It’s Never Too Early

By: Serita Kent

Kids Money

When considering what it takes to build good family relationships, we most often consider the nurturing aspects of the relationship: caring, kindness, love and building character. We also instill values of respect, honesty and loyalty. Often the concept of passing on a financial legacy comes much later in life, if at all. The idea of leaving a financial legacy and building good financial habits is overlooked. By doing this the cycle of financial distress is repeated, and bad financial habits are passed on like a generational curse.

From one generation to the next, parents, especially those of us that were less fortunate, tend to overcompensate with our children by “giving” our children the “things” that we never had. This manner of self-affirmation has in many instances fostered a generation of young adults that go about their daily lives with a severe sense of entitlement and little or no direction when it comes to handling and managing financial matters. By the time we as parents realize what disservice we have done to our children, irresponsible financial habits have formed and we find ourselves working overtime to prepare our children “financially” for the real world. Despite the increased efforts that will be needed to reverse the damage already done, it is never too late to teach our children good financial habits. Below are a few basic financial principles that every adolescent should learn and understand.

Tithing or Charitable Giving

The giving of charity is the manner in which you first learn sharing financially to help those who are less fortunate. Charity can be giving to a local shelter, church, or some other charitable organization that promotes social, spiritual or economical advancement inside or outside of your local community. Tithing is the Biblical principle by which many Christians give a portion of their earnings to the church for maintaining and supporting the church in meeting the charitable needs of the communities in which they serve. The principle of tithing also the Christian way of honoring and giving thanks to God and in returned blessings are released. The principle of giving can be taught at any age. The manner, in which you choose, by tithing or other charitable giving, should be consistent. Both principles of tithing or charitable giving foster a sense of citizenship and responsibility within our communities and throughout the world.

Learning to Save

The notion of generating some type of savings for most children starts almost at birth. Parents are so eager to begin saving for their child’s next endeavor that most children are gifted some type of savings mechanism; savings bond, trust account or even a toy bank before they are able to walk. This notion then becomes a memory around the preteen years and as adults the habit of saving has to be taught all over again. As parents, we are to be consistent in encouraging our children to continue the habit of saving money and watching not only their bank accounts grow, but encouraging them to invest in their futures. Most banks have some type of savings program available for children. Teaching our children to save is also a great way to promote setting financial goals and creating good spending habits.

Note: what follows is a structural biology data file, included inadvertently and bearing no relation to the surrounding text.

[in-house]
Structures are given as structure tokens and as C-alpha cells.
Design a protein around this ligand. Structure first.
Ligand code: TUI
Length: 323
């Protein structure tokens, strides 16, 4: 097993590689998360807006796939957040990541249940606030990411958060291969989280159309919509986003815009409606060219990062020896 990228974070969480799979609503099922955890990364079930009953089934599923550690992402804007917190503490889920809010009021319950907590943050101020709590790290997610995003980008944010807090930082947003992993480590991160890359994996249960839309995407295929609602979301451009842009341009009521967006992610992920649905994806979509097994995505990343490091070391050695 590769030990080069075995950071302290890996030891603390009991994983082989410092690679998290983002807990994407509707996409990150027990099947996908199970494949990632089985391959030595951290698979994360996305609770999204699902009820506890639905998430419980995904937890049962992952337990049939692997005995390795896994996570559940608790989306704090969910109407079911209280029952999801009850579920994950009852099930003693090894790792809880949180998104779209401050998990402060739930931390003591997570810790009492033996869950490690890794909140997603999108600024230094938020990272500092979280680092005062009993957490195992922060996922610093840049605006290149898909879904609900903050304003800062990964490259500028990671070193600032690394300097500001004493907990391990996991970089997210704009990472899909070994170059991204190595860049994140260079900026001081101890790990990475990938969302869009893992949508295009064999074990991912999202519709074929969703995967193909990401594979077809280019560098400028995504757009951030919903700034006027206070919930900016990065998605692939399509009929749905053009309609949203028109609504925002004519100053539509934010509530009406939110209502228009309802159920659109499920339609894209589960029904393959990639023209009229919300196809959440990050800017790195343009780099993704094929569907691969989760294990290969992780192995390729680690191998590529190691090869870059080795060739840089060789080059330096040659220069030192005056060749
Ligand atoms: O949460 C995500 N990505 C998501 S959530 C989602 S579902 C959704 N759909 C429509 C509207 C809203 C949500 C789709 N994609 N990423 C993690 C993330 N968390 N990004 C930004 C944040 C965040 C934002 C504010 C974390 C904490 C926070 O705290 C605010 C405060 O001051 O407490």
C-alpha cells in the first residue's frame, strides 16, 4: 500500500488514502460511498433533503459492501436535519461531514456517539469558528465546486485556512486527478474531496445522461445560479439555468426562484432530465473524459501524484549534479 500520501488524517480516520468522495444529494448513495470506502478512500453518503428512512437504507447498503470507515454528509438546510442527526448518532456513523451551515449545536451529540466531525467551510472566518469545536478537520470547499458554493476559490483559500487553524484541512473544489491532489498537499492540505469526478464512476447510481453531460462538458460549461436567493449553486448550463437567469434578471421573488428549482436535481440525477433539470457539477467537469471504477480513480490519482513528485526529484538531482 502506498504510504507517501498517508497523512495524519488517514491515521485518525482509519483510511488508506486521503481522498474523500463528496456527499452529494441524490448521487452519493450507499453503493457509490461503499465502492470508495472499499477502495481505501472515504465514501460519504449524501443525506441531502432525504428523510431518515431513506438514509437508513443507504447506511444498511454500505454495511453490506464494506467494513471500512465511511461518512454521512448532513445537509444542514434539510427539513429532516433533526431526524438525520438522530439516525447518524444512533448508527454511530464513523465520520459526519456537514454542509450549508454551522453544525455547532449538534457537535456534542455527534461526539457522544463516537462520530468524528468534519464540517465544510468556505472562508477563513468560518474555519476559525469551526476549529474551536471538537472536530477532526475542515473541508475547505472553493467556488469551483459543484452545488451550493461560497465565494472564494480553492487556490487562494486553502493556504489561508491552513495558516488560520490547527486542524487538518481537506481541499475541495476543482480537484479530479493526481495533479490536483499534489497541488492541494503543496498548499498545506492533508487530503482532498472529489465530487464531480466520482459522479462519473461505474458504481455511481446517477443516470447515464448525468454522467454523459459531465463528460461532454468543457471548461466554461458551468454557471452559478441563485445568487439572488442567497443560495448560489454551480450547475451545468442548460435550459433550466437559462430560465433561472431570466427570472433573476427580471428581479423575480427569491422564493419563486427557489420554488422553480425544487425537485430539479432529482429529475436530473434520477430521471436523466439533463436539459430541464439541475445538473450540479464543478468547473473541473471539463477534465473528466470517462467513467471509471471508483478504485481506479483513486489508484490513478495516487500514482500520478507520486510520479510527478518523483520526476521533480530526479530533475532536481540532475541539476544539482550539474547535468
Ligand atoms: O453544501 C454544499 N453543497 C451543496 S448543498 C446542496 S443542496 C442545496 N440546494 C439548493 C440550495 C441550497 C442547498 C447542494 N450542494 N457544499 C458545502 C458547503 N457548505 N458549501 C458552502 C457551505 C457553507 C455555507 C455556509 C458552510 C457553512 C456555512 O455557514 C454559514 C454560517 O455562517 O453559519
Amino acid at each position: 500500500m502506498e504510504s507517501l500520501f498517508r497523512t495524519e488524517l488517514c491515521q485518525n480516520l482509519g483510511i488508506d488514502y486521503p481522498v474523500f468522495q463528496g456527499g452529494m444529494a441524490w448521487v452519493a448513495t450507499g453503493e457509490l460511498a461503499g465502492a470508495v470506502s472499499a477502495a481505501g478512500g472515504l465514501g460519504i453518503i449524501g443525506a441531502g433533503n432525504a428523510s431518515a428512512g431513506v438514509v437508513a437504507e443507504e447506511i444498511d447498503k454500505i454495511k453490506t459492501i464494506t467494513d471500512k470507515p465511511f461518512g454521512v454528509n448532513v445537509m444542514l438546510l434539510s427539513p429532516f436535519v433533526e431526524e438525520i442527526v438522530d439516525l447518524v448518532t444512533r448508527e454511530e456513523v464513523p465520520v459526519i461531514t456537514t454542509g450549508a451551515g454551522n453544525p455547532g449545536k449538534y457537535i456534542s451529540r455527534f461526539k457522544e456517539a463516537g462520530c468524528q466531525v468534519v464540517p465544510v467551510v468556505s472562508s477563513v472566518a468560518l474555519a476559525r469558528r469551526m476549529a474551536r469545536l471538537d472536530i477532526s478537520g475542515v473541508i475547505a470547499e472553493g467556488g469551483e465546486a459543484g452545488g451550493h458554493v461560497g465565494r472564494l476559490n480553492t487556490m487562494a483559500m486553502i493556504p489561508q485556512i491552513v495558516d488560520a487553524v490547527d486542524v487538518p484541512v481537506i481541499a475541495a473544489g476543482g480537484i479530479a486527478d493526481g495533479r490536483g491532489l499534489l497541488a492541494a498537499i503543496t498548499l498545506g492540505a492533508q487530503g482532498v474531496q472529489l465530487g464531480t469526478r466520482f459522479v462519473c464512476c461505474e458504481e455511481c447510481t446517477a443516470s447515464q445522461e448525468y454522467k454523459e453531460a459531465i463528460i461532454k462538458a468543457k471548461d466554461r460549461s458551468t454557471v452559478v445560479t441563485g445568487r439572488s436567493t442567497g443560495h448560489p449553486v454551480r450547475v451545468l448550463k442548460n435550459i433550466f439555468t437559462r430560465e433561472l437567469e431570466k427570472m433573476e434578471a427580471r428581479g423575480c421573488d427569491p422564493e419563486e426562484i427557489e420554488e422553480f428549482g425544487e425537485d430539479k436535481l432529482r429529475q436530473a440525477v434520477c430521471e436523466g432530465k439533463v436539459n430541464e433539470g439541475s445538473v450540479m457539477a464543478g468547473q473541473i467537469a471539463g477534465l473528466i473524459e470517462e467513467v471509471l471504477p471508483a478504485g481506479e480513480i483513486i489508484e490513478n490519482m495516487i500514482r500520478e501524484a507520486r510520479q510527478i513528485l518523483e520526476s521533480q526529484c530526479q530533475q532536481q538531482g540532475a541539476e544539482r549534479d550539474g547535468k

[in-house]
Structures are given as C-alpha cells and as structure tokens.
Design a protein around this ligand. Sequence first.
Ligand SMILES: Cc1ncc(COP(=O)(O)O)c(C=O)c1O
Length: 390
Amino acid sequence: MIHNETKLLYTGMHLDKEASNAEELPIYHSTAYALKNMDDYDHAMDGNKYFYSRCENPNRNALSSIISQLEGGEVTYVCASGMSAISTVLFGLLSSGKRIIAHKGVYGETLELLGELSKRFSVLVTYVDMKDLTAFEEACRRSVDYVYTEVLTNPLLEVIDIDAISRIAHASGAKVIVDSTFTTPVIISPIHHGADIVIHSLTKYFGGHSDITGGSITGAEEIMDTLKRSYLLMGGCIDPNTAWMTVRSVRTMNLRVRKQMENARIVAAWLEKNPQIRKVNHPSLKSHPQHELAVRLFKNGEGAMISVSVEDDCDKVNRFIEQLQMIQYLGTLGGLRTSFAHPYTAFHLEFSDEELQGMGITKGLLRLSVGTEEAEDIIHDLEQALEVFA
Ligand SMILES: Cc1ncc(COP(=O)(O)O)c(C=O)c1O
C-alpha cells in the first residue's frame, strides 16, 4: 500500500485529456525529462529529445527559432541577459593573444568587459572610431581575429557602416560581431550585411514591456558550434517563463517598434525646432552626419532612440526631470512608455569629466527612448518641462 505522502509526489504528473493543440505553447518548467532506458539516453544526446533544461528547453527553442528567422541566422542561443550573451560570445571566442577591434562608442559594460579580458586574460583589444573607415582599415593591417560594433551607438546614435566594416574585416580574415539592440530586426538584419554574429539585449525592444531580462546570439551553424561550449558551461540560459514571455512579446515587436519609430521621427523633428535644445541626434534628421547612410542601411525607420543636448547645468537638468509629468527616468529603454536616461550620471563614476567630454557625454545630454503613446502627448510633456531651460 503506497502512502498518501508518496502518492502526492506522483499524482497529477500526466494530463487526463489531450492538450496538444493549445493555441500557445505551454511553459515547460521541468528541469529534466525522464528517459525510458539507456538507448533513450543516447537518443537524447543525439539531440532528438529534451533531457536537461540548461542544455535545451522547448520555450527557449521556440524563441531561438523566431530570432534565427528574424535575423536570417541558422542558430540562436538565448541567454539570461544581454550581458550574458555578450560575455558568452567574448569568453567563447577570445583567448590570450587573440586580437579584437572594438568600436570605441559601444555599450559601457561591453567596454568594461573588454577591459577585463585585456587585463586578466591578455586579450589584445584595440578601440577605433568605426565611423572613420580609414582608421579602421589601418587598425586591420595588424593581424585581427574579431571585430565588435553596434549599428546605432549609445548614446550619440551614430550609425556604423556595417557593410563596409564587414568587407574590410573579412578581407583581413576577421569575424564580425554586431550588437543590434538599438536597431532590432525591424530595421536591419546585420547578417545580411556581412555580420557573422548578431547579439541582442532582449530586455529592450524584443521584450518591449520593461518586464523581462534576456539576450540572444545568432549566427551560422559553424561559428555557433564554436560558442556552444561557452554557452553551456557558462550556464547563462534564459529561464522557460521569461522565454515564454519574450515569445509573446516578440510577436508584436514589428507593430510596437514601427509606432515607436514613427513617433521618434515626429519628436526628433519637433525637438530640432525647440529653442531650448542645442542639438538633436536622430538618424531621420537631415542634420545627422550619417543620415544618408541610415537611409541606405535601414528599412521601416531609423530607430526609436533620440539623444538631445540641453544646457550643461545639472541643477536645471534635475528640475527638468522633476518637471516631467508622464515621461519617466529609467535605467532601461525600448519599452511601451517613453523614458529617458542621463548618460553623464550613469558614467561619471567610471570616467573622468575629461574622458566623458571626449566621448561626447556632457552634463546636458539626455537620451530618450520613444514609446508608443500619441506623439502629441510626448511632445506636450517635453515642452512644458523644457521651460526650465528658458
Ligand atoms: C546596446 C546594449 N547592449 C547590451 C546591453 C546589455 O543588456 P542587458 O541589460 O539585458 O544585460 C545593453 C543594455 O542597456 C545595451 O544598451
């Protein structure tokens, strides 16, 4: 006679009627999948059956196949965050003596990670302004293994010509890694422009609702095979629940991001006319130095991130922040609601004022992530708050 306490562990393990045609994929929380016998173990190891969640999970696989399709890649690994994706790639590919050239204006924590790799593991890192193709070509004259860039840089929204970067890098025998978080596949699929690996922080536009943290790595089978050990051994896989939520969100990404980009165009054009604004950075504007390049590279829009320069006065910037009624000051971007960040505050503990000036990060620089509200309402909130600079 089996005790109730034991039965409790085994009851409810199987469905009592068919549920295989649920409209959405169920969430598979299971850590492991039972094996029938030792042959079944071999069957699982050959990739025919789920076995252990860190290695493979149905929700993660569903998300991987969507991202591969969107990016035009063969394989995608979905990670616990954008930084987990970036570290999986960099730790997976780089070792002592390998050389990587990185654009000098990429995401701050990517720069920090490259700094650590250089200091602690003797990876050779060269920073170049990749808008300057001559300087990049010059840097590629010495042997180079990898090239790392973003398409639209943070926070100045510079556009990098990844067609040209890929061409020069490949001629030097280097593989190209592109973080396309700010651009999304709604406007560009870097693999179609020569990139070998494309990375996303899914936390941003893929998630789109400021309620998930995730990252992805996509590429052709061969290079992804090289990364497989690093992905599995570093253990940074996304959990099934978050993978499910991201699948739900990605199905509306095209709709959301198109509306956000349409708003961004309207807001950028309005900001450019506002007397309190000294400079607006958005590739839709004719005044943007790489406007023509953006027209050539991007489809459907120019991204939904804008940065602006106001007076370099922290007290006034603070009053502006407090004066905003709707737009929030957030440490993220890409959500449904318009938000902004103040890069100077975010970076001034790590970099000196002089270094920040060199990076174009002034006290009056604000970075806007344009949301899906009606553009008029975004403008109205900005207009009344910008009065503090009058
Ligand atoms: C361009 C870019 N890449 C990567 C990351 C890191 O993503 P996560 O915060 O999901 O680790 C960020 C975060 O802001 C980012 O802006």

Setting Financial Goals

Setting financial goals doesn’t always have to be a huge task. Goals can be as simple as meeting a certain savings goal, or earning enough to buy that new video game. Goals may also be attached to an allowance or a personal achievement at home or school. Encouraging our children to set financial goals early teaches them to “make plans” for their money and discourages frivolous spending habits. Setting financial goals enhances the thought process that goes into making good financial decisions.

Using Credit Wisely and Avoiding Bad Debts

The need for our children to understand credit, debt and the impact it will have on their future usually doesn’t occur until after high school graduation. The reality is that most high school graduates still are not prepared to make good decisions about some of the most common financial mistakes for those entering adulthood. Student loans, credit cards, and auto financing are usually the first debt culprits that our children will face. Our teenagers must understand when it is appropriate to use credit, the difference between a good and bad credit profile, and how using credit to obtain goods or services now, will impact them financially in the future.

When leaving a financial legacy we have to ensure that we have equipped our children to carry on that legacy. These few financial principles could be the difference between your children being financially prepared for their futures or having to struggle through learning those same difficult lessons that many of us had to endure along the way. Fostering good financial habits is the first step in ensuring that your family’s financial legacy continues for generations to come.